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Ruslan Ponomariov vs Sergei Vladimirovich Rublevsky
Candidates Match: Ponomariov - Rublevsky (2007), Elista, Kalmykia Russia, rd 3, May-29
Sicilian Defense: Paulsen Variation (B46)  ·  0-1
ANALYSIS [x]

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Kibitzer's Corner
May-29-07  Karpova: Great Queen ending from Rublevsky who scored an important win! He shows that he can play fantastic chess!
May-29-07  Knight13: Sucks that Ponomariov didn't have the guts to resign until the very end.
May-29-07
Premium Chessgames Member
  chancho: Exciting Queen vs Queen ending with pawns thrown in.
May-29-07
Premium Chessgames Member
  plang: What exactly does he gain by resigning. Queen endings are tricky and there are always chances of perpetuals.
May-29-07  sleepyirv: <plang> 92...Qg2 is pretty much curtains for White's queen as black is now certain to end a queen up.
May-29-07  Justawoodpusher: 49 Qb6 is the decisive mistake by Pono here.

Well, if a woman (the queen) leaves the man (the king) alone with another woman the game is over...

May-29-07  Justawoodpusher: Correct play would have been e.g. "stay by your man" with 49 Qd2!
May-29-07  Ezzy: <Justawoodpusher - Well, if a woman (the queen) leaves the man (the king) alone with another woman the game is over...> You describe it perfectly :-)
May-29-07  Ezzy: Ponomariov v Rublevsky
FIDE candidates Matches Elista, Kalmykia Russia, 29.05.2007 1.e4 c5 2.Nf3 e6 3.d4 cxd4 4.Nxd4 Nc6 5.Nc3 a6 6.Nxc6 bxc6 7.Bd3 d5 8.00 Nf6 9.Qe2 Be7 10.Na4 00 11.c4 Bb7 12.e5 Nd7 13.Bf4 Nb6 <Novelty I think. 13...a5 has been played before> 14.cxd5 cxd5 <14...Nxa4 15 d6> 15.Nc3 Nd7 16.Rad1 Nc5 17.Bb1 a5 18.Rfe1 g6 19.Be3 Ba6 20.Qd2 Rb8 21.Bd4 Rb4< Idea is to play 22...Nd3 23 Bxd3 Rxd4> 22.Qe3 Nd7 23.a3 Rb7 24.f4 Bc4 25.Rd2 Nb8 26.Bd3 Bxd3 27.Qxd3 Nd7 <That was a surprise. I was sure it was heading for c6> 28.Na4 Qb8 29.Rc1 Rc8 30.Rdc2 Rbc7 31.Rxc7 Rxc7 32.Rxc7 Qxc7 33.Qc3 Qb7 34.Kf2 <[34.Qxa5 Bxa3 35.bxa3 Qb1+ 36.Kf2 Qc2+ 37.Kf3 Qe4+ 38.Kg3 Qxd4 and black is extremely active.]> 34...Qb5 35.Qc2 Nb8 36.Nc3 Qb7 <Threatening 37...Nc6 and the bishop can't go to e3 because of 38...d4 >37.Ne2 Nc6 38.Bc5 Qb5 39.Bxe7 Nxe7 40.Qc3 h5 41.Nd4 Qb6 42.Ke2 Nf5 43.Nxf5 gxf5 44.b4< Time to create a passed pawn >44...axb4 45.axb4 Qa6+ 46.Ke3 Qa7+ 47.Qd4 Qa3+ 48.Kf2 h4 49.Qb6? <extremely clumsy play by Ponomariov. It's not as if the white can do anything on b6. He has just ruined a good position >49...Qb2+ 50.Ke1 Qc1+ 51.Ke2 Qc4+ 52.Kd1 Qf1+ 53.Kc2 Qc4+ 54.Kd1 Qf1+ 55.Kc2 Qxf4 56.Qd8+ Kh7 57.Qe7 Qxe5 58.Qxf7+ Kh6 59.b5 Qe2+ 60.Kc3 Qc4+ 61.Kd2 d4 62.Qf8+ Kg6 63.Qg8+ Kh5 64.Qe8+ Kg5 65.Qd8+ Kg4 66.b6 Qc3+ 67.Kd1 Qd3+ 68.Kc1?? <Why would Ponomariov allow black to win a pawn with check. Very strange choice of king move. [68.Ke1 Qe4+ 69.Kf1 Qb1+ 70.Ke2 Qb2+ and surely black has to keep checking so not to let the b pawn queen. 71.Ke1 Qc1+ 72.Ke2 Qe3+ 73.Kf1 d3 74.Qg8+ Kf4 75.g3+ Kf3 76.Qa8+ Qe4 77.Qxe4+ fxe4 78.Ke1 hxg3 79.hxg3 e3 80.b7 d2+ 81.Kd1 Kf2 82.b8Q e2+ 83.Kxd2 e1Q+ 84.Kc2 This is probably a draw.] >68...Qf1+ 69.Kb2 Qxg2+ 70.Kb3 Qf3+ 71.Kc4 Qc3+ 72.Kb5 Qb3+ 73.Ka6 Qa3+ 74.Kb5 Qb2+ 75.Ka6 Qa2+ 76.Kb5 Qe2+ 77.Kc5 Qc2+ 78.Kd6 d3 79.b7 d2 80.Kxe6 Qe4+ 81.Kf6 Qc6+ 82.Ke5 Qxb7 83.h3+ Kxh3 84.Qd3+ Kh2 85.Qxd2+ Qg2 86.Qd1 Qf2 87.Kf6 f4 88.Kf5 f3 89.Kg4 Qg3+ 90.Kh5 f2 91.Qf1 Qf3+ 92.Kh6 01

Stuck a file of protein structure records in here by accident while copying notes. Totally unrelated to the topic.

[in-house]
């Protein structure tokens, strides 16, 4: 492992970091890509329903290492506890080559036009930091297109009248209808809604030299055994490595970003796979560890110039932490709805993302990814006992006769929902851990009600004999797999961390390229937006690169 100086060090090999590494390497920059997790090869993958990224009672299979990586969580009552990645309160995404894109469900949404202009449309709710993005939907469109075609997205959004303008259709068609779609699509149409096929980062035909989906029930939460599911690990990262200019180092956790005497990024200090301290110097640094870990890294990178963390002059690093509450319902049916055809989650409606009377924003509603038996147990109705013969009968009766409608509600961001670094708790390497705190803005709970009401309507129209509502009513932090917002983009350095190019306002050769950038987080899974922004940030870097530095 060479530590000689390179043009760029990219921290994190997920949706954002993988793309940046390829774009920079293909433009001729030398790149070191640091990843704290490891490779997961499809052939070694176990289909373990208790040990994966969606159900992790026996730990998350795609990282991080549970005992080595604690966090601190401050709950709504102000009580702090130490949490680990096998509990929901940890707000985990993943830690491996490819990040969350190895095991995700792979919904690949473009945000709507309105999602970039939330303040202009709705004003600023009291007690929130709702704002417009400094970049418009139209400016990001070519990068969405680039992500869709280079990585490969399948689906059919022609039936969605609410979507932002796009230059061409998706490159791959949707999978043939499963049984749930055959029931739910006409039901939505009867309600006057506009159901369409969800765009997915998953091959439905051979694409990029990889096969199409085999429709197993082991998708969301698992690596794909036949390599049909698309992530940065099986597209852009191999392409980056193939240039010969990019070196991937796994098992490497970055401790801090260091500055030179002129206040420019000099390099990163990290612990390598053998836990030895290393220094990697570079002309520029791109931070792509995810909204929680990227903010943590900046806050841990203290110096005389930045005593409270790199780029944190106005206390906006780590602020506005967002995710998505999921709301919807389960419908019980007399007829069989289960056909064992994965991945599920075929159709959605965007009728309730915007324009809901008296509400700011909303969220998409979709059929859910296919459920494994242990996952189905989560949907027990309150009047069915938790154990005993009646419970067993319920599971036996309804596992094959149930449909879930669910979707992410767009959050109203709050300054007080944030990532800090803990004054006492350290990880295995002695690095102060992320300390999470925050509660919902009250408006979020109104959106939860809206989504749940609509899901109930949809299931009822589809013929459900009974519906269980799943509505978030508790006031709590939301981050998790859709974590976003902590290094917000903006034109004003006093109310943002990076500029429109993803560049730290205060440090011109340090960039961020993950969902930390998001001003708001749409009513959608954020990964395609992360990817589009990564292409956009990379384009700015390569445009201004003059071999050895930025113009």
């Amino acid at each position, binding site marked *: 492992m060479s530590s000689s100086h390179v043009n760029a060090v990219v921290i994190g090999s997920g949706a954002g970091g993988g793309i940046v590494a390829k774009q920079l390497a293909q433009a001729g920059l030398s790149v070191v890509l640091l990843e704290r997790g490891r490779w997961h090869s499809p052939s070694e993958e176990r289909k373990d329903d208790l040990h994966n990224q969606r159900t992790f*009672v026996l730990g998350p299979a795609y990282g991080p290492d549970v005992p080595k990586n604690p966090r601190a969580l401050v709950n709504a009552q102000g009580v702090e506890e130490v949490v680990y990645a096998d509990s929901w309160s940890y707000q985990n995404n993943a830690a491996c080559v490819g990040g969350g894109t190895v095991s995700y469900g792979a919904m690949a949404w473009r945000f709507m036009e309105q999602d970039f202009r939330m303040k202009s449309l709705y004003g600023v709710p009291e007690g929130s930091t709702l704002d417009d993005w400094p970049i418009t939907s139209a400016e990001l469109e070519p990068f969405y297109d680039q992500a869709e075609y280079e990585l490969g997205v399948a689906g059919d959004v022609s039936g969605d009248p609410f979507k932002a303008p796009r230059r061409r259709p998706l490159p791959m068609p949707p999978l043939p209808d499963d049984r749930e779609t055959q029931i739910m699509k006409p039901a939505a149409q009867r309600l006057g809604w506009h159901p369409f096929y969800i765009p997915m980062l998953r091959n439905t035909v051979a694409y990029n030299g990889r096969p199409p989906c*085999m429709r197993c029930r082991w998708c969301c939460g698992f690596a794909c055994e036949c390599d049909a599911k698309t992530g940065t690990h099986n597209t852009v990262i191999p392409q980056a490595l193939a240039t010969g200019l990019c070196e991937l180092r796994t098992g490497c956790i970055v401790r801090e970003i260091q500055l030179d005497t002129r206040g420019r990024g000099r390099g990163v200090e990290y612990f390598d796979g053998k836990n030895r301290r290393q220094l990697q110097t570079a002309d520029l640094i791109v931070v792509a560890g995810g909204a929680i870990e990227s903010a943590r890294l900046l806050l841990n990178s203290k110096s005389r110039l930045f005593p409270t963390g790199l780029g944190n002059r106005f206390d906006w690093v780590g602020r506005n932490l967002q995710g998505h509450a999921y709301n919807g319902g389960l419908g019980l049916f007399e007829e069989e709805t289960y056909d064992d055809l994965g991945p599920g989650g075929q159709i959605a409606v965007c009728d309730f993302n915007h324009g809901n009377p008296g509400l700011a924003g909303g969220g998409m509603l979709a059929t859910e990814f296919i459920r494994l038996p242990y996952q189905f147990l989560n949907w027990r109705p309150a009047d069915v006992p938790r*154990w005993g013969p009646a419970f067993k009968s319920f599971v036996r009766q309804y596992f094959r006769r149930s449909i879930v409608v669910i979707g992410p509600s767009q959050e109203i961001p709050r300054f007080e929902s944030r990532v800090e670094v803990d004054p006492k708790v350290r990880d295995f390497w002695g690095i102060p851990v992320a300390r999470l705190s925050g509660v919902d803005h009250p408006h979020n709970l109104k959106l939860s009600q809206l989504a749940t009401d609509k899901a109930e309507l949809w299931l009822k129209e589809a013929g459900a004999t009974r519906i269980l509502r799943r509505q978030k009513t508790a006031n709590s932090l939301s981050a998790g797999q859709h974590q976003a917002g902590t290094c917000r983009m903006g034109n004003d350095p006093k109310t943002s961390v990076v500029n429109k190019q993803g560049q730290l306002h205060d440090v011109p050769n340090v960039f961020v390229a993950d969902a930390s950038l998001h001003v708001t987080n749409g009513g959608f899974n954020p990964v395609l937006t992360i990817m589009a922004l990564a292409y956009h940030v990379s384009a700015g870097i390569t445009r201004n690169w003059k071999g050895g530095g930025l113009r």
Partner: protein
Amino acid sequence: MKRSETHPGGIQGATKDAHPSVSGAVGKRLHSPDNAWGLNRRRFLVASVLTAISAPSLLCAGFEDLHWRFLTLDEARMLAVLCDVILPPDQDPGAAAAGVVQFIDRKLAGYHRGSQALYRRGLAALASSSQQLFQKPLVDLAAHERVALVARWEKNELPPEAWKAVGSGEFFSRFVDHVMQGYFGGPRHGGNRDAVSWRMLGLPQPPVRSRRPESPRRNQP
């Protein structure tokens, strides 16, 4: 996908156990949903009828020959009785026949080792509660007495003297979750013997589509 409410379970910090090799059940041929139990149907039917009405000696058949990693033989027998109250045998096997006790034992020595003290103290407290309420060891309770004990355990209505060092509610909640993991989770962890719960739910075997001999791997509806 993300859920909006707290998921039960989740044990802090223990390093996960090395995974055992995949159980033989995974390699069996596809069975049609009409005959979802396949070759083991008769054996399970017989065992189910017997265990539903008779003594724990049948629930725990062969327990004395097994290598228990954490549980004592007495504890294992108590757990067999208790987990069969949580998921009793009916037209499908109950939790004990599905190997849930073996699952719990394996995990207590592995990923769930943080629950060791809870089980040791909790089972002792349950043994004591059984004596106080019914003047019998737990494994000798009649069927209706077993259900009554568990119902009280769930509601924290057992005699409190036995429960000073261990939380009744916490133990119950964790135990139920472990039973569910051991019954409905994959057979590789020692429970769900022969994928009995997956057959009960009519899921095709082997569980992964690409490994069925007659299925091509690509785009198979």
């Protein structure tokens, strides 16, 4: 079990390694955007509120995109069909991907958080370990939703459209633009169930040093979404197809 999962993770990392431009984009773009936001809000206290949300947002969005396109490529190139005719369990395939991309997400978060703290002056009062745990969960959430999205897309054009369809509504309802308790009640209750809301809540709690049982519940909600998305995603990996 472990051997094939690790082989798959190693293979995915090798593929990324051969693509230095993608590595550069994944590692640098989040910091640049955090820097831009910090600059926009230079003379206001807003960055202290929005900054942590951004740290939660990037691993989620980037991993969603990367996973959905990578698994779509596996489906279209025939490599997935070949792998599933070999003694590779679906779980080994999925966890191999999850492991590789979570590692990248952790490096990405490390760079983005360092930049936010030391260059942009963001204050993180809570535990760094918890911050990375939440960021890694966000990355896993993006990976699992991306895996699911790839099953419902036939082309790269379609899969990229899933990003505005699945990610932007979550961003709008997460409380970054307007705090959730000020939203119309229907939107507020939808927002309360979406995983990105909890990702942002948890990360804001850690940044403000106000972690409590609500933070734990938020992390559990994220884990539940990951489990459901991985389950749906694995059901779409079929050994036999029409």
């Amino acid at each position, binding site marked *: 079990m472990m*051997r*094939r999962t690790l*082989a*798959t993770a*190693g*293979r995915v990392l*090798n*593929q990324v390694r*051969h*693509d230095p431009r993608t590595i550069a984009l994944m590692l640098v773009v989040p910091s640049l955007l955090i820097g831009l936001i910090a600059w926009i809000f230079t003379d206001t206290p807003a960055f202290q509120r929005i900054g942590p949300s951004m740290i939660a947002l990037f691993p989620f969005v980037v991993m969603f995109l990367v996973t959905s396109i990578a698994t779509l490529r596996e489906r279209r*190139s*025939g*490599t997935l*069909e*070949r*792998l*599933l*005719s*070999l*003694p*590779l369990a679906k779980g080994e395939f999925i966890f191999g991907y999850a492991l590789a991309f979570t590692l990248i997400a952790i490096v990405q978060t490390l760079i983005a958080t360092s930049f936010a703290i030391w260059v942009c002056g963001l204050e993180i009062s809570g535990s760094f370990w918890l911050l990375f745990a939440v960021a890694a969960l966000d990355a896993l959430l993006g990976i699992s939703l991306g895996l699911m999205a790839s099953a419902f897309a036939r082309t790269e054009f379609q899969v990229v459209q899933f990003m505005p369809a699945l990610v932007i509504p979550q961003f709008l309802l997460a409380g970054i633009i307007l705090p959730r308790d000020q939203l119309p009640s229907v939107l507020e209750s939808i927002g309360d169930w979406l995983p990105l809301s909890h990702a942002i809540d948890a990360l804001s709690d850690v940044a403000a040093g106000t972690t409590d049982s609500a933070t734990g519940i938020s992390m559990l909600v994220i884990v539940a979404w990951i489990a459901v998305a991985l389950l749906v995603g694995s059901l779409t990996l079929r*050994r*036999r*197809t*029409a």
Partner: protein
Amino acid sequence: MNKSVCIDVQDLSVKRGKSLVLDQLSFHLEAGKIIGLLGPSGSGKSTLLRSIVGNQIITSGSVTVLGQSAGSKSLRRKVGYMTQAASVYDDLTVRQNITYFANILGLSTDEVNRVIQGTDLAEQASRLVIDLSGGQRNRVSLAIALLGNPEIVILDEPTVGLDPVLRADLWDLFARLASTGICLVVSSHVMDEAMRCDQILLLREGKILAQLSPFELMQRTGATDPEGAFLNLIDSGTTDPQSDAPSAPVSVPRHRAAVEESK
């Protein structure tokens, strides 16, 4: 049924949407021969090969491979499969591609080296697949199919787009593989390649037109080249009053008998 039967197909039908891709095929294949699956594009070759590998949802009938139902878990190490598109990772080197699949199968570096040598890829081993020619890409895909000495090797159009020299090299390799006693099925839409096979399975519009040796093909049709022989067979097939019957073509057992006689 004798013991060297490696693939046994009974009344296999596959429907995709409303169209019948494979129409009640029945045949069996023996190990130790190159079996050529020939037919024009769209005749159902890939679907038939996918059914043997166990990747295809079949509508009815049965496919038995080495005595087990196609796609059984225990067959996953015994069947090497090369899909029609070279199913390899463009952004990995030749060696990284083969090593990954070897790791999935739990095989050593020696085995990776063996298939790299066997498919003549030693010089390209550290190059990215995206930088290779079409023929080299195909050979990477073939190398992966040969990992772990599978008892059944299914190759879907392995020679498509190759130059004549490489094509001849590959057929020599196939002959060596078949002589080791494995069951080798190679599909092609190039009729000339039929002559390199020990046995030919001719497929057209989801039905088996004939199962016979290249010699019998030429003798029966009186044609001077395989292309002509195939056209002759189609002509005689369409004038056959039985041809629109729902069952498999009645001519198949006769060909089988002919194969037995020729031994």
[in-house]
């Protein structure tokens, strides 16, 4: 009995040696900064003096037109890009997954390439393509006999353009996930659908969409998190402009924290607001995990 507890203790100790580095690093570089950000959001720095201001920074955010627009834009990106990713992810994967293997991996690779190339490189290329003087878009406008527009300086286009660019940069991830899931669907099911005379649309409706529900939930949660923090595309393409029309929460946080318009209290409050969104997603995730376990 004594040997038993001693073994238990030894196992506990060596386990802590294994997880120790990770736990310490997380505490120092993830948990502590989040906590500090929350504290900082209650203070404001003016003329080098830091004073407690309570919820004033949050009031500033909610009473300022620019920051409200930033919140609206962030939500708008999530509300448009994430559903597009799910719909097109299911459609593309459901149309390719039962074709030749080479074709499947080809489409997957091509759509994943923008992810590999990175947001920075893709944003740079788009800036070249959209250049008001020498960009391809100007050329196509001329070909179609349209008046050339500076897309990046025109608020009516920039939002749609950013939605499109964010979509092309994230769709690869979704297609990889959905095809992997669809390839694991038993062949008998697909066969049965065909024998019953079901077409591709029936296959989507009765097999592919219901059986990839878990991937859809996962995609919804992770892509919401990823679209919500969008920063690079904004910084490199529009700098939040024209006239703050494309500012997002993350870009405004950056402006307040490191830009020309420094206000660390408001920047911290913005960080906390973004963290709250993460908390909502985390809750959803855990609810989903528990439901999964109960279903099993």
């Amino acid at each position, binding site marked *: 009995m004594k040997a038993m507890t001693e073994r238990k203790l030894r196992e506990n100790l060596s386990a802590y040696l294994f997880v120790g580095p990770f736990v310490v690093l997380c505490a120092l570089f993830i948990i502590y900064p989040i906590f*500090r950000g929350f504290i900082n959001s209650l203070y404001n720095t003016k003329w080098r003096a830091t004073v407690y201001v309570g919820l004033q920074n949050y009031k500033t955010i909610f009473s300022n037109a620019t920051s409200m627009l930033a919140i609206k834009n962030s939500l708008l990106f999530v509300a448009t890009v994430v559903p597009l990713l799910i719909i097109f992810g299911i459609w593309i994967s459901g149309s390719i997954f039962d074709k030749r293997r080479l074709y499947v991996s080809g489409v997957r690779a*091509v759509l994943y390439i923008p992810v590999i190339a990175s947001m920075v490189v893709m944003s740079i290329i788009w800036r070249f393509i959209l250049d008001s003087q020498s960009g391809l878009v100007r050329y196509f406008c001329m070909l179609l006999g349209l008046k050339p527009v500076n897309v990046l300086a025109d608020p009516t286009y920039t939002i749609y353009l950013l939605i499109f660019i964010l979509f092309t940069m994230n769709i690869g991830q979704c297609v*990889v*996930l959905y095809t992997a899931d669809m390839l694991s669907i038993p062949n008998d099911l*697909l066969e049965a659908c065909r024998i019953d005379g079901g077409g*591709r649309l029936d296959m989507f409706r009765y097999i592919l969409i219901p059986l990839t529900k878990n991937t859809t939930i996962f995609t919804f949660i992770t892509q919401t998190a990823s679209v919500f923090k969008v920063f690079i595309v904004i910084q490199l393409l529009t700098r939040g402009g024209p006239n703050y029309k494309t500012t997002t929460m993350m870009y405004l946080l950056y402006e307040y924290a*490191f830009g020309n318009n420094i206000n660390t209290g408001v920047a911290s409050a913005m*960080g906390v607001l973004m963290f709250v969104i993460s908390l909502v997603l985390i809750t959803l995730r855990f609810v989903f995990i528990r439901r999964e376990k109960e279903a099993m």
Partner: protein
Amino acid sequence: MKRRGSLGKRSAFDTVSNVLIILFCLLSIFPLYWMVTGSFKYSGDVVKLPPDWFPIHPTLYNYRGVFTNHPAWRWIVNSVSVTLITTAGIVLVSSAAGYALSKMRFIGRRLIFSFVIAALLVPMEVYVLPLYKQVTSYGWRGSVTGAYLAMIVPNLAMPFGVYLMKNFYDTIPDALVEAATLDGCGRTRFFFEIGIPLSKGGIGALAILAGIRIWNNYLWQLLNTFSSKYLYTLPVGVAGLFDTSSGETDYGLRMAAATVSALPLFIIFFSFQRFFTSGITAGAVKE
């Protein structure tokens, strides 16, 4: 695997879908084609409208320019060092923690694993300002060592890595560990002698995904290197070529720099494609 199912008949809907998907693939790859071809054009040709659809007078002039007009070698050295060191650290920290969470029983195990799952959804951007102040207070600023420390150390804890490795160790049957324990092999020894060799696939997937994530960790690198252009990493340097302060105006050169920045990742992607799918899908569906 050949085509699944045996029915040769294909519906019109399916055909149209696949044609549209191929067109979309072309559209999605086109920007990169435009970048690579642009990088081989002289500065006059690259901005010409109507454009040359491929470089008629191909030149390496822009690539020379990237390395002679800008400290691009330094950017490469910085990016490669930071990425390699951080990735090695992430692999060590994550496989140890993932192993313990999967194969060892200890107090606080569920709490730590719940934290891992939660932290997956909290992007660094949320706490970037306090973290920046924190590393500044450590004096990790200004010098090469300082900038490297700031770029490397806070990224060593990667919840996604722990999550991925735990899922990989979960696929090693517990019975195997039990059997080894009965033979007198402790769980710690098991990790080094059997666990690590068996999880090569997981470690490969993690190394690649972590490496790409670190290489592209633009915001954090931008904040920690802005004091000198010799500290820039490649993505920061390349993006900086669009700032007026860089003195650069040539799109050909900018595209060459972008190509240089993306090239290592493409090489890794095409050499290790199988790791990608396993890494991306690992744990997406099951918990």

Extremely bad Q+P endgame play by Ponomariov. Move 49 Qb6? just neglects his king, and Move 68?? Just defies all chess logic of allowing black to win a pawn with check.

May-30-07  Marmot PFL: Probably Ponomariov didn't think he cpuld lose with the passed b pawn and played carelessly. Extremely good technique by Rublevsky.
May-30-07  acirce: <49 Qb6 is the decisive mistake by Pono here.>

Disagree. This was a draw for a long time, based on perpetual check possibilities and White's advanced passer. The much more logical 57.Qf6 instead of 57.Qe7 looks like an instant draw, but even afterwards it's probably still drawn somehow.

May-30-07  DP12: 18.Bh6 is an amusing possibility maybe.
May-30-07  euripides: I find it quite natural that Ponomariov wanted to evacuate his king (68...Kc1). On average, a pawn is proabbly worth less than a tempo here. It is very tricky to defend with the king in front of the advancing pawn, because threats to the king generate tempi for the attacker.

May-30-07  Justawoodpusher: I played around for quite a while with Fritz and <acirce> you are right, 57. Qf6 holds the draw. After 59. Qxf7 it is at least very difficult to find a way to draw.
May-30-07  IMDONE4: <Ezzy>, Kc1 is not a mistake... after Ke1 black can play Qe3+ and then after the king moves, d3!, and its an even easier win
May-30-07  Knight13: <Kc1 is not a mistake...> I put this move in my Deep Junior 9 and soon after Kc1 is played the red light came on, which means it IS a mistake. The computer gave the score as -1.41 before Kc1 and after Kc1 it became -2.45.
May-30-07  euripides: <knight> the drop of 1 point in the evaluation may just mean that the computer noticed Kc1 loses the g2 pawn. That doesn't necessarily mean it's a mistake.
May-30-07  IMDONE4: <Knight13>, see what evaluation junior gives after Ke1
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